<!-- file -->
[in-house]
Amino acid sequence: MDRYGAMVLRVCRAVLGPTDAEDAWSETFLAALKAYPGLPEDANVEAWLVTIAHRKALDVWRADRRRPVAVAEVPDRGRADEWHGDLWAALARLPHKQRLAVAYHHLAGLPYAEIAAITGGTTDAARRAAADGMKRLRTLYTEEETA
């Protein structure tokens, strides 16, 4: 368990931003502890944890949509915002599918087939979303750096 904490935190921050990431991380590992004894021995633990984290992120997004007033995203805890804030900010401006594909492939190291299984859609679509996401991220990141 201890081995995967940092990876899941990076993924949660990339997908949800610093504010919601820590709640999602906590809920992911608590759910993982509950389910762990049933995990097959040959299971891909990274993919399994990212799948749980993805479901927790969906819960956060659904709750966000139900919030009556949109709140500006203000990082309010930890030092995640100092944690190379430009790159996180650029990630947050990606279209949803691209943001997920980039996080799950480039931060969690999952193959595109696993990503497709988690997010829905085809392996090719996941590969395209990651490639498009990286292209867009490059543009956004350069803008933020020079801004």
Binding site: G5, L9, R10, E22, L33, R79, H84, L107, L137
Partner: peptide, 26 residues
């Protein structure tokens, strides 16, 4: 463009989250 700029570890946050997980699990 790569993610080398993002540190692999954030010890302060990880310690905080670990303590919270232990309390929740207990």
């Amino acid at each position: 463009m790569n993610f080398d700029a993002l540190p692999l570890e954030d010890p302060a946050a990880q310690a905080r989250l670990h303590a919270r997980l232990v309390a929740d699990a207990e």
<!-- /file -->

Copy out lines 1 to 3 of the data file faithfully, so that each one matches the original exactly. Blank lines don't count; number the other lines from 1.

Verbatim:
[in-house]
Amino acid sequence: MDRYGAMVLRVCRAVLGPTDAEDAWSETFLAALKAYPGLPEDANVEAWLVTIAHRKALDVWRADRRRPVAVAEVPDRGRADEWHGDLWAALARLPHKQRLAVAYHHLAGLPYAEIAAITGGTTDAARRAAADGMKRLRTLYTEEETA
């Protein structure tokens, strides 16, 4: 368990931003502890944890949509915002599918087939979303750096 904490935190921050990431991380590992004894021995633990984290992120997004007033995203805890804030900010401006594909492939190291299984859609679509996401991220990141 201890081995995967940092990876899941990076993924949660990339997908949800610093504010919601820590709640999602906590809920992911608590759910993982509950389910762990049933995990097959040959299971891909990274993919399994990212799948749980993805479901927790969906819960956060659904709750966000139900919030009556949109709140500006203000990082309010930890030092995640100092944690190379430009790159996180650029990630947050990606279209949803691209943001997920980039996080799950480039931060969690999952193959595109696993990503497709988690997010829905085809392996090719996941590969395209990651490639498009990286292209867009490059543009956004350069803008933020020079801004």